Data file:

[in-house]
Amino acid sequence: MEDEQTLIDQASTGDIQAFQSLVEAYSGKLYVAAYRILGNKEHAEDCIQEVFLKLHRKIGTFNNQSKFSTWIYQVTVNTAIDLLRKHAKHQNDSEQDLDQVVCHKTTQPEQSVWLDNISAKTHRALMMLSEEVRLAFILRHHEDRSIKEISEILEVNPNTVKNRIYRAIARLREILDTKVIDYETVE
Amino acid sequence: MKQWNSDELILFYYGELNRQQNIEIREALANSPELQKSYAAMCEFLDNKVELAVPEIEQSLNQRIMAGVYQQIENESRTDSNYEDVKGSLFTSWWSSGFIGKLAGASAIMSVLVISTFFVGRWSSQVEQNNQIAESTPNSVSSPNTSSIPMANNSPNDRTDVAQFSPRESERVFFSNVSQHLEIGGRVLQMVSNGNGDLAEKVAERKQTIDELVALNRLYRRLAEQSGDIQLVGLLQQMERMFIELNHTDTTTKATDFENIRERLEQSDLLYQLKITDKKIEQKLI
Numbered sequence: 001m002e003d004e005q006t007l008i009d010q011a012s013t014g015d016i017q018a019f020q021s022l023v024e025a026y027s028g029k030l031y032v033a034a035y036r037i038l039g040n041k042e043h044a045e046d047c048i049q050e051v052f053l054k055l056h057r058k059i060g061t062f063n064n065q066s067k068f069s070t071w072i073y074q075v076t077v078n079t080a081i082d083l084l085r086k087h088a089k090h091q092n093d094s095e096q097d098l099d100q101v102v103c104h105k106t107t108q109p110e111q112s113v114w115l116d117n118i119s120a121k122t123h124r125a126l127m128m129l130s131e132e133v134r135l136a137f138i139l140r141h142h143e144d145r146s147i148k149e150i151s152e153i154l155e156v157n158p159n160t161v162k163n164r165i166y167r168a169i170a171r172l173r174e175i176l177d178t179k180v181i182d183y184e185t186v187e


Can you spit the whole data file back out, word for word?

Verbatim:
[in-house]
Amino acid sequence: MEDEQTLIDQASTGDIQAFQSLVEAYSGKLYVAAYRILGNKEHAEDCIQEVFLKLHRKIGTFNNQSKFSTWIYQVTVNTAIDLLRKHAKHQNDSEQDLDQVVCHKTTQPEQSVWLDNISAKTHRALMMLSEEVRLAFILRHHEDRSIKEISEILEVNPNTVKNRIYRAIARLREILDTKVIDYETVE
Amino acid sequence: MKQWNSDELILFYYGELNRQQNIEIREALANSPELQKSYAAMCEFLDNKVELAVPEIEQSLNQRIMAGVYQQIENESRTDSNYEDVKGSLFTSWWSSGFIGKLAGASAIMSVLVISTFFVGRWSSQVEQNNQIAESTPNSVSSPNTSSIPMANNSPNDRTDVAQFSPRESERVFFSNVSQHLEIGGRVLQMVSNGNGDLAEKVAERKQTIDELVALNRLYRRLAEQSGDIQLVGLLQQMERMFIELNHTDTTTKATDFENIRERLEQSDLLYQLKITDKKIEQKLI
Numbered sequence: 001m002e003d004e005q006t007l008i009d010q011a012s013t014g015d016i017q018a019f020q021s022l023v024e025a026y027s028g029k030l031y032v033a034a035y036r037i038l039g040n041k042e043h044a045e046d047c048i049q050e051v052f053l054k055l056h057r058k059i060g061t062f063n064n065q066s067k068f069s070t071w072i073y074q075v076t077v078n079t080a081i082d083l084l085r086k087h088a089k090h091q092n093d094s095e096q097d098l099d100q101v102v103c104h105k106t107t108q109p110e111q112s113v114w115l116d117n118i119s120a121k122t123h124r125a126l127m128m129l130s131e132e133v134r135l136a137f138i139l140r141h142h143e144d145r146s147i148k149e150i151s152e153i154l155e156v157n158p159n160t161v162k163n164r165i166y167r168a169i170a171r172l173r174e175i176l177d178t179k180v181i182d183y184e185t186v187e